Open Letter to Premier Eby from Pro-Housing Orgs

This week, Abundant Housing Vancouver joined with other pro-housing organizations around the province to encourage Premier David Eby to take strong action on housing, especially regarding the points in his housing platform from the NDP leadership race.

You can find our open letter in PDF format here.

Alternatively, the full text is below.

Pro-Housing Org Logos

To premier-designate Eby:

British Columbia is experiencing a severe housing crisis, including an acute shortage of housing. The Canadian Mortgage Housing
Corporation estimates a current shortage of over 400,000 homes. This causes ripples across the housing system, contributing to
unaffordability, housing precariousness, and homelessness. Housing scarcity in our urban areas also forces British Columbians into sprawl,
causing long commutes that increase emissions and decrease overall quality of life.

Worryingly, the housing deficit is growing deeper: by 2030, the shortfall is expected to increase to 570,000 homes. Despite this and other
warning signs, municipal governments have failed to act. New housing, including public and non-profit housing, is burdened by
unnecessarily complex and expensive approval processes. Across much of British Columbia’s urban land, municipalities simply make new
housing illegal.

We applaud your housing platform, which indicates you are prepared to act quickly to alleviate the housing crisis. We urge you to be bold.
Our housing shortage is the result of decades of under-production of housing. British Columbia needs real reform to the municipal systems
that produced the crisis. The failure of municipalities to build enough homes spills over in the form of worsening affordability to
neighbouring municipalities, their region and the province as a whole. While we strongly encourage municipalities to make reforms,
provincial action is required to address the province-wide nature of the crisis. Solving it will generate province-wide benefits.

We urge the Province to recognize that the scale of the problem requires an ambitious response, including:

  • Minimum zoning standards. New Zealand enacted national reforms that established minimum zoning standards and legalised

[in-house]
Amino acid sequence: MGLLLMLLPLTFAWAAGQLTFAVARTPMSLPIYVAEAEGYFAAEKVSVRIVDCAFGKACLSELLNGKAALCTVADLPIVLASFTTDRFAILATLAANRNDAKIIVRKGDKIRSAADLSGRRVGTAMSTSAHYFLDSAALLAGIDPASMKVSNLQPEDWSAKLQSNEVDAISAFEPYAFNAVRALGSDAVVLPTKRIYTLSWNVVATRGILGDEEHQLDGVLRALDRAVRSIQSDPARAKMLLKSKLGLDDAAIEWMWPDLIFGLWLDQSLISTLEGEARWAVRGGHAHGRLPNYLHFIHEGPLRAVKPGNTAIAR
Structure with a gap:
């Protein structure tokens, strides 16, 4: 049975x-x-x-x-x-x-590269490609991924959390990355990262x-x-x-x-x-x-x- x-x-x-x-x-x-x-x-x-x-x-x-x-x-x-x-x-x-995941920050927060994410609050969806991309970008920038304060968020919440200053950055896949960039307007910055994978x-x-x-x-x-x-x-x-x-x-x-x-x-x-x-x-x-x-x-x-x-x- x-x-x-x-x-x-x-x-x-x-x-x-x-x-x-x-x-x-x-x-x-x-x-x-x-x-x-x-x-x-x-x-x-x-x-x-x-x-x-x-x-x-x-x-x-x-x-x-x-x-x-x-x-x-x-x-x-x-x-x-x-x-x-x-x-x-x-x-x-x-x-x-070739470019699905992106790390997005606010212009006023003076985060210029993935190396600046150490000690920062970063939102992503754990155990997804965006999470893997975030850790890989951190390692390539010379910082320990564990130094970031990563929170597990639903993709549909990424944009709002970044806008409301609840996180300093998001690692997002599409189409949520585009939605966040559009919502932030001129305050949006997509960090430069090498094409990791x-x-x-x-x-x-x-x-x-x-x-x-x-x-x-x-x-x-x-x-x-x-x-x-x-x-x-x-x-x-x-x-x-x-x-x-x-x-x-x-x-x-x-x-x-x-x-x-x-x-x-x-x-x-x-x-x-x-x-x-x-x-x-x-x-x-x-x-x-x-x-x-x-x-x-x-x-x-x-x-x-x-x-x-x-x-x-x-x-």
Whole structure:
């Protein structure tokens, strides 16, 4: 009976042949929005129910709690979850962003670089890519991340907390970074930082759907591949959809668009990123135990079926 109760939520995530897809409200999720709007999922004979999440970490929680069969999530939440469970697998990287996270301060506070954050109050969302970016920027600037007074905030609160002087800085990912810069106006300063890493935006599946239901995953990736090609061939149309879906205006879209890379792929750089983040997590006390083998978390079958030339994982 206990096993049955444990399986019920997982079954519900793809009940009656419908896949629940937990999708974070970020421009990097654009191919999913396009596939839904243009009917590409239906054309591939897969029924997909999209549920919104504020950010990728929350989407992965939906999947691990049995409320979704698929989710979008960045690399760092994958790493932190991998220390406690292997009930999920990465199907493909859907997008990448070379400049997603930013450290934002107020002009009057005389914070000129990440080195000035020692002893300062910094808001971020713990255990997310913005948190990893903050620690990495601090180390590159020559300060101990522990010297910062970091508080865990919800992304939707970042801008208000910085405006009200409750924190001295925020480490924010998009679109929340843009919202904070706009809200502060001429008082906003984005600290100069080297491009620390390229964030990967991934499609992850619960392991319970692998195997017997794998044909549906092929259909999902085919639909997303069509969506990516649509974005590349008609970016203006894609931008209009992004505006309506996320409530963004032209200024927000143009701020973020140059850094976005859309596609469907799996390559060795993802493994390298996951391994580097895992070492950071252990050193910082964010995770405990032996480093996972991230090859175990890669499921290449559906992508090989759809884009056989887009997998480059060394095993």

multifamily housing. Their experience shows such direct interventions are an effective way to boost housing production, while also
    demonstrating that larger cities require stronger interventions. Legalising three homes per lot will be helpful in many of BC’s smaller
    municipalities, but that is already the status quo in Vancouver and has proven inadequate. Further, Vancouver’s Streamlining Rental
    Policy has demonstrated that four-floor rental apartments are not economically viable in low density zones. To make an impact, your
    government needs to be more ambitious. Six-plexes should be legalised across BC, with at least six-floor buildings allowed in major
    urban areas near frequent transit (including Greater Vancouver, Greater Victoria, Abbotsford, Nanaimo, and Kelowna). Additional density
    bonuses should be available for buildings with below-market homes.
  • Robust assessment of housing targets. Any plan that does not result in dramatic increases in actual housing production is a failure.
    Housing production must be monitored, with deeper reforms ready if existing measures lead to insufficient outcomes. Housing need
    must be assessed using real-world indicia, including rental vacancy rates, housing/job imbalances, and quantity of cost-burdened
    households. Current projections and needs assessments that implicitly accept past trends of household displacement are inadequate for
    determining new housing targets.
  • Provincial approvals. Experience from other jurisdictions shows that municipalities will abuse tools such as height, setbacks, heritage
    designations, and parking requirements to block new housing. When cities fail to meet their housing targets or raise barriers to new
    housing, the Province must be prepared to directly approve housing that meets objective, non-discretionary standards. For example,
    housing within a kilometre of rapid transit stops that include below market components ought to be approved directly by the Province,
    regardless of municipal hurdles.
  • Low income housing. The Province’s housing plan should explicitly commit to substantial investments in social housing and other forms
    of low income housing. Currently, municipal obstacles to new housing add unnecessary cost, delay, and risk to public and non-profit
    housing. The Province needs to both directly fund affordable housing and act to streamline the approval of public and non-profit
  • Student housing. The Province can rapidly improve the housing situation for students by providing additional loans or grants to
    universities to build on-campus housing and allowing substantial rental density on the University Endowment Lands. This would reduce
    pressure on local rental markets while other reforms take effect.
  • Limiting sprawl. We will never meet our climate goals if people are pushed away from existing urban spaces - where jobs and services
    are concentrated - to find housing. The successful cities of the 21st century will support transit and complete communities. There is
    plenty of room within our cities for more housing. The Province’s housing plan must encourage infill housing, legalise low- and mid-rise
    apartments and mixed use buildings, and disincentivize greenfield development.

By committing to these points, the Province can work in partnership with municipal governments to support housing affordability and make
our province a place where all British Columbians can live and flourish. Thank you for your time, attention, and focus on increasing housing
affordability in BC.


Homes for Living YYJ
Abundant Housing Vancouver
Yes In New West
Kitsilano for Inclusivity
Deltans for People Oriented Places